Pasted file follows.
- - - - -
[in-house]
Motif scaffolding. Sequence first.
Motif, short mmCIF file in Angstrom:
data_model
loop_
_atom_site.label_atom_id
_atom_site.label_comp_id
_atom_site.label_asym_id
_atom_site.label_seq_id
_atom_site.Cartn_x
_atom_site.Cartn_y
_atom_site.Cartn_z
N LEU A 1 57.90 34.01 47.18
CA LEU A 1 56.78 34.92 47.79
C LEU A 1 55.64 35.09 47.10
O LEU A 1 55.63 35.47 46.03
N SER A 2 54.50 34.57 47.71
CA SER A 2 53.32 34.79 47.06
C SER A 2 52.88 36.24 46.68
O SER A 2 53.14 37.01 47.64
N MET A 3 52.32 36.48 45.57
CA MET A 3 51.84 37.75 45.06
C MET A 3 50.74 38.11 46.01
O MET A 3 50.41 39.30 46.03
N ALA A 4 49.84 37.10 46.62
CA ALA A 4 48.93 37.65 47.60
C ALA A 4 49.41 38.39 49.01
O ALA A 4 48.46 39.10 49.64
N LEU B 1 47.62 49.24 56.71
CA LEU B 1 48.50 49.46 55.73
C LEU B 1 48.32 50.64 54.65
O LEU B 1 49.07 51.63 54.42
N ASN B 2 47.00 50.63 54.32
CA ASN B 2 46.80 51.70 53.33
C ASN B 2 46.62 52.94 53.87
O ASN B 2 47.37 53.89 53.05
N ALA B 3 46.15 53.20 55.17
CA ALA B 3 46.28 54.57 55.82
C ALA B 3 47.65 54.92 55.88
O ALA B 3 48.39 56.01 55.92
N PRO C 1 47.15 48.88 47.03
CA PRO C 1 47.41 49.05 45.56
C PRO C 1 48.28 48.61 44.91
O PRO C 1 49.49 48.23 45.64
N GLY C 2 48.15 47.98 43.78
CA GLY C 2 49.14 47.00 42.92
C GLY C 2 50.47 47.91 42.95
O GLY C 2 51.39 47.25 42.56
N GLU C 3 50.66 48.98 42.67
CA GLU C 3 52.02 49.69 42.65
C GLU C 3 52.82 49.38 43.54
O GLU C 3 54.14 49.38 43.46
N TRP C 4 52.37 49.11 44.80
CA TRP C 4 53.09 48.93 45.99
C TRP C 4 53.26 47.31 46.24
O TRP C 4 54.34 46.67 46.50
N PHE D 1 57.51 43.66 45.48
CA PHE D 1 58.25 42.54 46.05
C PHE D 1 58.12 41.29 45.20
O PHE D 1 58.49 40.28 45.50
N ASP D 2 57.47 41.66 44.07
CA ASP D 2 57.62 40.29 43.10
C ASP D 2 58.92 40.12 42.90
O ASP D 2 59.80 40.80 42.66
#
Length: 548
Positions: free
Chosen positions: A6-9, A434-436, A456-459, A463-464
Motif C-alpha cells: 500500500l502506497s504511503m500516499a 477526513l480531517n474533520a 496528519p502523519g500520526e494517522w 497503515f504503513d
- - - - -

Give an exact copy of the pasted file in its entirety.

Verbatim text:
[in-house]
Motif scaffolding. Sequence first.
Motif, short mmCIF file in Angstrom:
data_model
loop_
_atom_site.label_atom_id
_atom_site.label_comp_id
_atom_site.label_asym_id
_atom_site.label_seq_id
_atom_site.Cartn_x
_atom_site.Cartn_y
_atom_site.Cartn_z
N LEU A 1 57.90 34.01 47.18
CA LEU A 1 56.78 34.92 47.79
C LEU A 1 55.64 35.09 47.10
O LEU A 1 55.63 35.47 46.03
N SER A 2 54.50 34.57 47.71
CA SER A 2 53.32 34.79 47.06
C SER A 2 52.88 36.24 46.68
O SER A 2 53.14 37.01 47.64
N MET A 3 52.32 36.48 45.57
CA MET A 3 51.84 37.75 45.06
C MET A 3 50.74 38.11 46.01
O MET A 3 50.41 39.30 46.03
N ALA A 4 49.84 37.10 46.62
CA ALA A 4 48.93 37.65 47.60
C ALA A 4 49.41 38.39 49.01
O ALA A 4 48.46 39.10 49.64
N LEU B 1 47.62 49.24 56.71
CA LEU B 1 48.50 49.46 55.73
C LEU B 1 48.32 50.64 54.65
O LEU B 1 49.07 51.63 54.42
N ASN B 2 47.00 50.63 54.32
CA ASN B 2 46.80 51.70 53.33
C ASN B 2 46.62 52.94 53.87
O ASN B 2 47.37 53.89 53.05
N ALA B 3 46.15 53.20 55.17
CA ALA B 3 46.28 54.57 55.82
C ALA B 3 47.65 54.92 55.88
O ALA B 3 48.39 56.01 55.92
N PRO C 1 47.15 48.88 47.03
CA PRO C 1 47.41 49.05 45.56
C PRO C 1 48.28 48.61 44.91
O PRO C 1 49.49 48.23 45.64
N GLY C 2 48.15 47.98 43.78
CA GLY C 2 49.14 47.00 42.92
C GLY C 2 50.47 47.91 42.95
O GLY C 2 51.39 47.25 42.56
N GLU C 3 50.66 48.98 42.67
CA GLU C 3 52.02 49.69 42.65
C GLU C 3 52.82 49.38 43.54
O GLU C 3 54.14 49.38 43.46
N TRP C 4 52.37 49.11 44.80
CA TRP C 4 53.09 48.93 45.99
C TRP C 4 53.26 47.31 46.24
O TRP C 4 54.34 46.67 46.50
N PHE D 1 57.51 43.66 45.48
CA PHE D 1 58.25 42.54 46.05
C PHE D 1 58.12 41.29 45.20
O PHE D 1 58.49 40.28 45.50
N ASP D 2 57.47 41.66 44.07
CA ASP D 2 57.62 40.29 43.10
C ASP D 2 58.92 40.12 42.90
O ASP D 2 59.80 40.80 42.66
#
Length: 548
Positions: free
Chosen positions: A6-9, A434-436, A456-459, A463-464
Motif C-alpha cells: 500500500l502506497s504511503m500516499a 477526513l480531517n474533520a 496528519p502523519g500520526e494517522w 497503515f504503513d